Frankie is one of the most resourceful jewelers I’ve ever met. Her showcases are filled with unique items and things I never see anywhere else. No diamond stud earrings or straight row diamond bracelets in her displays, only one of a kind items that make her, and her store, special. The last time I was in her place, she proudly showed me a platinum diamond and meteorite necklace.
So, when I dropped by her store last week for a visit, I couldn’t wait to see what new item she would dazzle me with. I was barely through the front door when she saw me and belted out, “Hey, when was the last time you handled some rough, uncut, loose diamonds?” Not surprisingly, we weren’t wasting time with the standard pleasantries.
“Funny you should ask, but I just came back from the Antwerp Diamond Bourse where I was up to my ears in rough,” I lied.
With that, she handed me a parcel paper with six colorless, dice-sized, octahedrals. “Is it even legal for you to have these?” I asked. “And, what are you going to do with them?”
“You know the type of customers I have,” she began with what I knew would be a fascinating story. “A couple walked in to select a diamond for their engagement. And, they said they wanted to be involved every step of the way. ‘Great,’ I told them. ‘First we’ll pick out the center stone and then we’ll custom design a mounting for it.’ I picked out a loose stone from my box and started to describe it, and they interrupted me.
“‘But, this stone is already cut!’
“‘Of course it is! Rough diamonds aren’t much to look at, and we only mount finished stones.’ Then came one of the strangest requests I’ve ever gotten.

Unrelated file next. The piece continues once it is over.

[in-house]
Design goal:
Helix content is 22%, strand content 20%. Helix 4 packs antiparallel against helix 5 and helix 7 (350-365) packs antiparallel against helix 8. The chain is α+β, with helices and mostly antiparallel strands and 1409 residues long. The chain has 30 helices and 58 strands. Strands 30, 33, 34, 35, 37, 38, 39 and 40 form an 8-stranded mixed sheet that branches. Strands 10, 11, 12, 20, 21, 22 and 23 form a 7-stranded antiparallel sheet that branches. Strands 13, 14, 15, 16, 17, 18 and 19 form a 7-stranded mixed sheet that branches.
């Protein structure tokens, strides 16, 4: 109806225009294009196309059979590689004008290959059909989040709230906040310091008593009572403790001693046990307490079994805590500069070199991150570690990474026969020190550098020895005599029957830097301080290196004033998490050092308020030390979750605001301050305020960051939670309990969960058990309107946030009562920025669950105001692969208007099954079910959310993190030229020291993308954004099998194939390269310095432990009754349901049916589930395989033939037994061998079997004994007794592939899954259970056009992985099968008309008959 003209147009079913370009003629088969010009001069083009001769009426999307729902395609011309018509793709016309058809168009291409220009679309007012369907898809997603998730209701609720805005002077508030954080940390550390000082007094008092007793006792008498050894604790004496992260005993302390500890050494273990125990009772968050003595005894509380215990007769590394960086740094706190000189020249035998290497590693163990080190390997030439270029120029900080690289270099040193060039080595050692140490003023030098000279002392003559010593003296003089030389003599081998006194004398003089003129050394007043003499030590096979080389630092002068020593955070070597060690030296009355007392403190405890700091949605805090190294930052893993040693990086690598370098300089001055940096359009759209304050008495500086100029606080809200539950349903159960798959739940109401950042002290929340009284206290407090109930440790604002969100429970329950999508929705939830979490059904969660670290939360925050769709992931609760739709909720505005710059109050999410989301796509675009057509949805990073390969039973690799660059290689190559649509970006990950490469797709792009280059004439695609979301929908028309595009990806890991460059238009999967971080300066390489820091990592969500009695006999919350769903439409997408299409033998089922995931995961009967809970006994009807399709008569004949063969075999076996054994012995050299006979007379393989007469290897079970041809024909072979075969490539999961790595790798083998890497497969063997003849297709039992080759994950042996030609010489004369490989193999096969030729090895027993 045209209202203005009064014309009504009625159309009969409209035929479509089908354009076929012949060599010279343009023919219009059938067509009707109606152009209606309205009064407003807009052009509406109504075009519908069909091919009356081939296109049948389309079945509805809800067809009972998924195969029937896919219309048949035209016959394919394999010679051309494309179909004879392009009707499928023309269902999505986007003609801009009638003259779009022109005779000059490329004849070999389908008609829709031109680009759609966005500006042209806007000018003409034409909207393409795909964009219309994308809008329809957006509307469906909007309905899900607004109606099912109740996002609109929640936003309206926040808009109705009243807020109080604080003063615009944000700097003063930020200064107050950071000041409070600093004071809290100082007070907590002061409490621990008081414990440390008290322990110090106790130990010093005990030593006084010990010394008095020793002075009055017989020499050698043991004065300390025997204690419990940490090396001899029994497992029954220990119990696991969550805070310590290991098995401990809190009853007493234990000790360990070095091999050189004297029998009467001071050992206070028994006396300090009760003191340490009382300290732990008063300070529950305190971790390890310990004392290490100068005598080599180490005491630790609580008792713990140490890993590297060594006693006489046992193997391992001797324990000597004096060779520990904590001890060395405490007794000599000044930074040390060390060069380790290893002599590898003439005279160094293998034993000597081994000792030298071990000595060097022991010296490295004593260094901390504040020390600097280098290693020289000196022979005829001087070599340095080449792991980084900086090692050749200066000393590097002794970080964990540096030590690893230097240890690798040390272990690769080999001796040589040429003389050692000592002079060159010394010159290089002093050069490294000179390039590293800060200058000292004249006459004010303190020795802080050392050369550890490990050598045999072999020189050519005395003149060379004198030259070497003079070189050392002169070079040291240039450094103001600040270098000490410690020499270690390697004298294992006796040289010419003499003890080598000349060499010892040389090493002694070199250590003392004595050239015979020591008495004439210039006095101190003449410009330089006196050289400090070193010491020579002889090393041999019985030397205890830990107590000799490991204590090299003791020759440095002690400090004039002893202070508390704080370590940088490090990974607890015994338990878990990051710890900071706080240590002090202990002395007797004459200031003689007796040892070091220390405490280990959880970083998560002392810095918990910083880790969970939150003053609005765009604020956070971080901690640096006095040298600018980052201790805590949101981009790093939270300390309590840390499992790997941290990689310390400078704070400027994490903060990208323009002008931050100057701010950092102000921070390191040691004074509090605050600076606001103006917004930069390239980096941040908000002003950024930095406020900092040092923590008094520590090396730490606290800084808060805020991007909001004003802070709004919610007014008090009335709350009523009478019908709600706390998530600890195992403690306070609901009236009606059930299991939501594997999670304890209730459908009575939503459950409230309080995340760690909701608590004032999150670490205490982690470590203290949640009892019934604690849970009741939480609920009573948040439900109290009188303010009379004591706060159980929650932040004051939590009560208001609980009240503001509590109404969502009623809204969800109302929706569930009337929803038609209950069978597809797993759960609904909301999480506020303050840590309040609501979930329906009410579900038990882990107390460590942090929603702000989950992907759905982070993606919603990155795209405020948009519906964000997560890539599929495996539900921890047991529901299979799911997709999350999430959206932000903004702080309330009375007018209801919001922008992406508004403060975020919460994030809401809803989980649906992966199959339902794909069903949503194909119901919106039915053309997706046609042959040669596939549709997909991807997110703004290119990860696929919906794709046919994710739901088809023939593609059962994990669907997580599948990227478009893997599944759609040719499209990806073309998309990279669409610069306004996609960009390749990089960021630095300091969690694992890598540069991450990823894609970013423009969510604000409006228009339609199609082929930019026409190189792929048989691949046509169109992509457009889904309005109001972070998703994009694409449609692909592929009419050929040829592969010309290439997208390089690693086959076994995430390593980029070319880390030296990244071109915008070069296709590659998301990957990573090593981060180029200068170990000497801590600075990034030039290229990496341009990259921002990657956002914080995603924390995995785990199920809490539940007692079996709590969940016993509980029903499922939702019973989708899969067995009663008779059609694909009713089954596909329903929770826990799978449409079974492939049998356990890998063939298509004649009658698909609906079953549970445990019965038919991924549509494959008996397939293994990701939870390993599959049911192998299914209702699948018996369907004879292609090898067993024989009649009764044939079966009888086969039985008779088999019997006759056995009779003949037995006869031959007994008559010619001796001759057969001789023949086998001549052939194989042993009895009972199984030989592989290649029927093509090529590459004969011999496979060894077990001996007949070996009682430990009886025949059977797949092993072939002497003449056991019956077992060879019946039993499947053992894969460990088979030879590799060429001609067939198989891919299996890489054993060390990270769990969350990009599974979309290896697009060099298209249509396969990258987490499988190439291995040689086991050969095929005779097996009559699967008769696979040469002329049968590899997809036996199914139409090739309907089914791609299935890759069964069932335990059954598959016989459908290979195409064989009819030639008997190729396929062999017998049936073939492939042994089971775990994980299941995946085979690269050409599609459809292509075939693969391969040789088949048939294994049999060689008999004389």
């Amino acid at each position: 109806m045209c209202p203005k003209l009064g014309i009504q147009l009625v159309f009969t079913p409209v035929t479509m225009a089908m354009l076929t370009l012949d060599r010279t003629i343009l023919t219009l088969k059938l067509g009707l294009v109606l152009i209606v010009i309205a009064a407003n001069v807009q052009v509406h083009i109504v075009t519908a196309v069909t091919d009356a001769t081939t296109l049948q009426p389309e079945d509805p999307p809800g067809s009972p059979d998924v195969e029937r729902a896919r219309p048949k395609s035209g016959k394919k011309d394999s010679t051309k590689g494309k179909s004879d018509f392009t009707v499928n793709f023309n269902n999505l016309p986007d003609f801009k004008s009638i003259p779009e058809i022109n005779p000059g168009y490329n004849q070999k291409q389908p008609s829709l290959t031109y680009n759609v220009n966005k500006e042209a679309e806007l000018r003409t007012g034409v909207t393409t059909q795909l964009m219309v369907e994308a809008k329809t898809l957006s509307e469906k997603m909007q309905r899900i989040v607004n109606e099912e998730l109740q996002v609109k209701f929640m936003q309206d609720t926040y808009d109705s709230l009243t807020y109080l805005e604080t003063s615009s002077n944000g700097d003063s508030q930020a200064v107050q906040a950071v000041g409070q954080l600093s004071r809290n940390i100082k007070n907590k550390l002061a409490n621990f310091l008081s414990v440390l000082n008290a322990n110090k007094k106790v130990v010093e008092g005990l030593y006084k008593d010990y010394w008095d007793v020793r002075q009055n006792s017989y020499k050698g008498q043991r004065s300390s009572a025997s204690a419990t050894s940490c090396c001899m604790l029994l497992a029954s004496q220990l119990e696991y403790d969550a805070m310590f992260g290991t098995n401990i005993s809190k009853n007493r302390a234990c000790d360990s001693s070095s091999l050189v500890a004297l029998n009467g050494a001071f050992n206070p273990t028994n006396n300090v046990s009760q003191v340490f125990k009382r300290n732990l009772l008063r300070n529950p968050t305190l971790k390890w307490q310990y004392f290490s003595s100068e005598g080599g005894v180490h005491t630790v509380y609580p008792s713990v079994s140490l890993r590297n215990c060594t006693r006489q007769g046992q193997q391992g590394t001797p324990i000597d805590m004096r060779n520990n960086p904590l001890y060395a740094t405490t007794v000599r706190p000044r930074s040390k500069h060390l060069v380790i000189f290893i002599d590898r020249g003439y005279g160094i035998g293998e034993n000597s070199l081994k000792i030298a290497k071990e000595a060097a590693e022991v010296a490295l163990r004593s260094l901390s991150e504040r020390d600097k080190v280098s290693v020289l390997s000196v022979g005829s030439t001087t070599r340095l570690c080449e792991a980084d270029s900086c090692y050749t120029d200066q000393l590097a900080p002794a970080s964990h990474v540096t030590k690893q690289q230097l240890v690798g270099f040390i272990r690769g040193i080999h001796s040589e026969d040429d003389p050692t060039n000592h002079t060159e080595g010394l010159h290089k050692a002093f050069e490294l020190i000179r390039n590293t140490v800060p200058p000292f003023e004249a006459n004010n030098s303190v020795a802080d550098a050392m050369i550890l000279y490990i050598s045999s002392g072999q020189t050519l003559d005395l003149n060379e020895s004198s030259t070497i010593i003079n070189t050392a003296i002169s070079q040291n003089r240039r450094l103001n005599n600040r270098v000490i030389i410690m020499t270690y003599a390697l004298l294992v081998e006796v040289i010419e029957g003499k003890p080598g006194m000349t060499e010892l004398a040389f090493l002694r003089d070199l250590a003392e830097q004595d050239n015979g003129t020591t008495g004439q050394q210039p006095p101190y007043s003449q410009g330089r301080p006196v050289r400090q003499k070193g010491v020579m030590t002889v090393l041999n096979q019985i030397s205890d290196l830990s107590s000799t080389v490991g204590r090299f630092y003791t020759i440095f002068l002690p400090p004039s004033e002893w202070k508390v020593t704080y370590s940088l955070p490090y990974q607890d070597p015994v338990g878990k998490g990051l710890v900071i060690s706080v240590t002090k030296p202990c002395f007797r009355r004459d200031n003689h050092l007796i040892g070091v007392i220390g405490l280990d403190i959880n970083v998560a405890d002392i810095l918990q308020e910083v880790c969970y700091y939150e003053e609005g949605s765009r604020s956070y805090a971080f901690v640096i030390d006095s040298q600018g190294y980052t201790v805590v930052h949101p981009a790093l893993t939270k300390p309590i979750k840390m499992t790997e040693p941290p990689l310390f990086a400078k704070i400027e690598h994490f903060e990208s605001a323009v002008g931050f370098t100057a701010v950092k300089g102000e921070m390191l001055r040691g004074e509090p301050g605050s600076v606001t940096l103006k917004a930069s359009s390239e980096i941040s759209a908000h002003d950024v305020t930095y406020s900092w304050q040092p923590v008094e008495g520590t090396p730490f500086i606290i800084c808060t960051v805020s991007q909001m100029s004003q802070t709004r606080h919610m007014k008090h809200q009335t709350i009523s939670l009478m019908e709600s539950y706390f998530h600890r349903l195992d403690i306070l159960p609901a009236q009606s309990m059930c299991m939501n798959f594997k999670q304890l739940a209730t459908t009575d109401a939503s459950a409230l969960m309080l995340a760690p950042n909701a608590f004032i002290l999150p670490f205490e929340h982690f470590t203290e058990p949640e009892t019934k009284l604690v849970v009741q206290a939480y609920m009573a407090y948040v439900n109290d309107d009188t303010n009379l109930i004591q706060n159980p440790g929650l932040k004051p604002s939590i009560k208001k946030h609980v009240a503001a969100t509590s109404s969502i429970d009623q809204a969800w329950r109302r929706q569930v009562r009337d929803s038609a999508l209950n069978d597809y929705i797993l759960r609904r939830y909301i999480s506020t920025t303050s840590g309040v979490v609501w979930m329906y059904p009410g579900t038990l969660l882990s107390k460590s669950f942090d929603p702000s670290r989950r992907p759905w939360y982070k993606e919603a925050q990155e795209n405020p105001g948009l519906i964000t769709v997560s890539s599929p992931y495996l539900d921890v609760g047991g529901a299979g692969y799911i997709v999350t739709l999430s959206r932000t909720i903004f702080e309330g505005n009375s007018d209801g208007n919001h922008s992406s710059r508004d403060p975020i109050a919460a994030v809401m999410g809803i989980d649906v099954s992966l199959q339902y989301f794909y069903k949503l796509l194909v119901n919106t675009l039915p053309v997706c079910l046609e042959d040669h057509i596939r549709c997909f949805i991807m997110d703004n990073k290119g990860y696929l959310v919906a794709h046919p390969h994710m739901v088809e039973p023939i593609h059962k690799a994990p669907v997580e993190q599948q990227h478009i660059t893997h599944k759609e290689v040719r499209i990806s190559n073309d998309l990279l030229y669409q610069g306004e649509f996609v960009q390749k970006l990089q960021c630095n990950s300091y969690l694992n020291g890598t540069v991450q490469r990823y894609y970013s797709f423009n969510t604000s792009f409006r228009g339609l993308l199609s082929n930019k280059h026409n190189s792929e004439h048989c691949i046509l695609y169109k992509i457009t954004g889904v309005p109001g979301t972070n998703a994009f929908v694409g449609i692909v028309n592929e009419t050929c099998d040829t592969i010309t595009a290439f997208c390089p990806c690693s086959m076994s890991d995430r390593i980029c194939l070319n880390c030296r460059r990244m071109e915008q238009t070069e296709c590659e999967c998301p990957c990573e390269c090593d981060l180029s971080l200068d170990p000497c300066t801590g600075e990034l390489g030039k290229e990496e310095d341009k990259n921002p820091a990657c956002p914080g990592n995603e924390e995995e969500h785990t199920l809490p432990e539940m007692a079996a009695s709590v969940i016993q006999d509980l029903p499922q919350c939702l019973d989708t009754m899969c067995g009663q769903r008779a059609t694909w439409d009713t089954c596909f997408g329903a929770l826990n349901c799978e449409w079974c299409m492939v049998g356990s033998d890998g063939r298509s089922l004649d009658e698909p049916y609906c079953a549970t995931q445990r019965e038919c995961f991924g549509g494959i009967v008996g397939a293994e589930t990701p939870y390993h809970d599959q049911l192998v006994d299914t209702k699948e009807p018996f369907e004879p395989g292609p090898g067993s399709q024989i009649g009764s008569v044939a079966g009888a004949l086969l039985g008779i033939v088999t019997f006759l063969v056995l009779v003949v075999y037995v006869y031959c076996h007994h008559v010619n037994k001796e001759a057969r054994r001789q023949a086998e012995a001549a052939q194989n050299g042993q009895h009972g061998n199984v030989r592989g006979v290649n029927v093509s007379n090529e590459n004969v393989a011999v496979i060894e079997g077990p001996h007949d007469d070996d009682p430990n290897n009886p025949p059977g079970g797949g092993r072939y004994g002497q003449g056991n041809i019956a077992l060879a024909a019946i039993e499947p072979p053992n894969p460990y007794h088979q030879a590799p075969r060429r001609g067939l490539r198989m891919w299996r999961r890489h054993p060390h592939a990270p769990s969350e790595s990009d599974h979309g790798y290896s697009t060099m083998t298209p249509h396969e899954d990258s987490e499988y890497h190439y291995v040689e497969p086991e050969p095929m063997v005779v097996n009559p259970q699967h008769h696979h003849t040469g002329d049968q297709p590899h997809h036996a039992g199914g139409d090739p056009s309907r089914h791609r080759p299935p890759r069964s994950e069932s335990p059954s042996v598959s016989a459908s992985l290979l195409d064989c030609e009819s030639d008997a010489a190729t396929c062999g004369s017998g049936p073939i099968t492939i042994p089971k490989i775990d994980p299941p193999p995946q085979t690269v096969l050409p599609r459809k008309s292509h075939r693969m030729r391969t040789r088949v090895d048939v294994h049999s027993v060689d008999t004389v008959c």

“‘We want to pick the rough diamond from which our stone will be cut!’
“Frankie,” I said, half-jokingly, “You’re a full service jeweler, why didn’t you offer to fly them to a mine and have them dig out the stone themselves?”
“Don’t think we didn’t discuss it!” Frankie answered. “But that didn’t seem to be the best use of their budget.
“You know how the menus at the cool places in town now tell you the farm where your pork chop was raised? So, now the kids today want to know every detail about where their diamonds come from. Anyway, I made a few calls and reached a cutter willing to send me these six stones on memo. The kids are coming back later today to make their selection. Want to sit in?”
I passed on the offer, and Frankie and I finally got around to exchanging pleasantries. She had just gotten back from a working vacation from two places I had never heard of. I can’t even begin to imagine what she brought back with her.
Frankie is a unique person with contacts and connections to the farthest reaches of the jewelry world. She’s the sort of super-hero jeweler for little girls who some day want to grow up to be jewelers themselves.
I have no idea how one becomes a jeweler like Frankie. The things she knows, and knows how to find, can’t be taught in a classroom. Frankie developed these skills over a lifetime. The successful jewelers of tomorrow will need a broad, diversified foundation of knowledge in all aspects of the industry. Training and education take time, and the sooner you start, the more ground you can cover. To help you get started, The 24 Karat Club offers a broad array of scholarships for just about any kind of jewelry training and development. To find out more about our scholarship offers, and how you can be nominated for one, contact your favorite 24 Karat Club member.
I called Frankie from the car a few minutes after leaving her store. I told her after her customer selects their stone, I’d swing by and pick one out for myself. Don’t ask me why.
Howard Kelrick is President of Finger Mate and a board member of The 24 Karat Club, SEUS. Finger Mate manufactures and installs expandable ring shanks and sells to retail jewelers throughout North America. Contact Howard at 954-458-2700 or e-mail Howard@FingerMate.com.